2023 Conference Web Strategy

How user-centered design and information architecture shape user experiences on the web

Robust information architecture (IA) is grounded in user research and strategic planning. Jessica Schillinger shares best practices for user-centered website design.

Future-proof: Investing in user-focused IA strategies in times of volatility

Jessica Schillinger of web agency Kalamuna, Inc. led a lively session on how adopting user-centered design principles can help universities be more proactive in maintaining effective information architecture (IA) on the web.

“Working in higher education — it’s a unique place,” said Schillinger, who has worked for four universities in three states.

A nod to the session’s title — “Future-proof: Investing in user-focused IA strategies in times of volatility” — Schillinger said universities should expect some level of volatility in the higher education landscape. With this in mind, she underscored the significance of robust IA, grounded in user research and strategic planning. This, she explained, is crucial for ensuring that websites are in a position to align with user needs.

3 questions for any web project

Schillinger provided a set of foundational questions for any website initiative.

  1. Who are you reaching?
  2. What do they need?
  3. Where do they find it?

Gather a team

Next, she suggested pulling together a team of at least three people with varying levels of connection with the website project — such as a dean with decision-making authority, an office administrator with deep institutional knowledge and an enthusiastic graduate student.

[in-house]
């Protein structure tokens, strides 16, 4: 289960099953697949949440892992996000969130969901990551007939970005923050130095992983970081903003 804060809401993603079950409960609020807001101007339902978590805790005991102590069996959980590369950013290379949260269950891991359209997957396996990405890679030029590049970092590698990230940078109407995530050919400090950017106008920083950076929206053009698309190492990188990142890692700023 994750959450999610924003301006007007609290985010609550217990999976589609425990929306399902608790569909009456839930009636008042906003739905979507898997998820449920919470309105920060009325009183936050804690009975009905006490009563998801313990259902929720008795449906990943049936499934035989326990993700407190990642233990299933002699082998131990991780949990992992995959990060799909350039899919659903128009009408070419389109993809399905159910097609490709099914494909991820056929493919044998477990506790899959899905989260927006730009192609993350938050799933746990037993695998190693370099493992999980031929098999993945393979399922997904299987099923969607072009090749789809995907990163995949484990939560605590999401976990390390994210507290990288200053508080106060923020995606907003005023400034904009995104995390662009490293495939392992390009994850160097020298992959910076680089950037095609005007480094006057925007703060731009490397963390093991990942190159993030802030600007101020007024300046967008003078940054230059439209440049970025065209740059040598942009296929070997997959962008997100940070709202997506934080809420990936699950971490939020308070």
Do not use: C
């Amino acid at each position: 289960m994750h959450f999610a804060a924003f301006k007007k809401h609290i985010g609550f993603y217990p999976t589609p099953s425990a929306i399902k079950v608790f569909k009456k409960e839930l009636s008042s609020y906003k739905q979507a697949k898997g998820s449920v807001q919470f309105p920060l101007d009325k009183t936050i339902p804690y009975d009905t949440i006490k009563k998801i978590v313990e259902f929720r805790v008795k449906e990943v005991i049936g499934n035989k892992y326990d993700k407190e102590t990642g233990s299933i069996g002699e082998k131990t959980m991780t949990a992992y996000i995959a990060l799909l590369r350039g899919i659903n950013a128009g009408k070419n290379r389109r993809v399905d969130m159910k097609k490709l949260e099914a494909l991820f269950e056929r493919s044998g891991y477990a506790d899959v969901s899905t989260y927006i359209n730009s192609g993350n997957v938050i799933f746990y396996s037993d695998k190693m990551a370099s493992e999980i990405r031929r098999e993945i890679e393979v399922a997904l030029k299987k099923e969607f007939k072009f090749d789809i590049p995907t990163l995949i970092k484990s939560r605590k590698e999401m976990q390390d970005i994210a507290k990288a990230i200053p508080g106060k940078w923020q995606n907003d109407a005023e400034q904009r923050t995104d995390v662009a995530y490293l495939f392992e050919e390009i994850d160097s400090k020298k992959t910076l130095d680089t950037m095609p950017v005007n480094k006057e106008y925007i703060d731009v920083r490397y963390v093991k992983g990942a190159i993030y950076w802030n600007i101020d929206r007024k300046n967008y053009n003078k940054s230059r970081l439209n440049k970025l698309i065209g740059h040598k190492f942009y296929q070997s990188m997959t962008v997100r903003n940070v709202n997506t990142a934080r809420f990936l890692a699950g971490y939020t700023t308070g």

“It’s critical to get other people’s thoughts,” Schillinger said, as drawing on different groups of people adds diverse perspectives to the project.

Identify user types and goals

Then, determine four to six types of users that help answer the question, “Who are we trying to reach?” Examples might include:

  • Decision makers
  • Donors
  • Potential collaborators
  • Media

The next step is to discern these users’ goals — essentially, what do these users require from your site?

Schillinger cautioned attendees not to simply make a list of “stuff.” If you get stuck, she said, consider using “The 5 Whys” technique, which involves repeatedly asking “why?” to help get closer to the root of the issue.

Visual tools and tactics

  • Create a decision-makers worksheet: Use a simple table to outline user goals and assign a number system to rank how important each goal is to both the user and the organization. This can help prioritize decisions and clarify what is most valuable to each audience.
  • Content mapping: Helps visualize where users find the content they’re seeking and how content is related.
  • Card sorting and/or tree testing: Physical (or digital) card sorting using sticky notes or a digital equivalent removes any “website-y” structures and distractions. Card sorting can help test how a proposed website layout is actually working for users.

And that, Schillinger said, “is a really beautiful thing.”

Link Journal has covered the HighEdWeb Annual Conference since 2011. Explore our archives for articles about previous conference sessions.

Stephanie DeBoer is associate director of digital communications at Brandeis University in Waltham, Massachusetts. Her expertise lies in crafting meaningful user experiences through digital content and design. She has played a key role in many prominent digital initiatives at Brandeis, including the recent transformation of the university’s news website into the visually engaging and accessible storytelling platform, Brandeis Stories.

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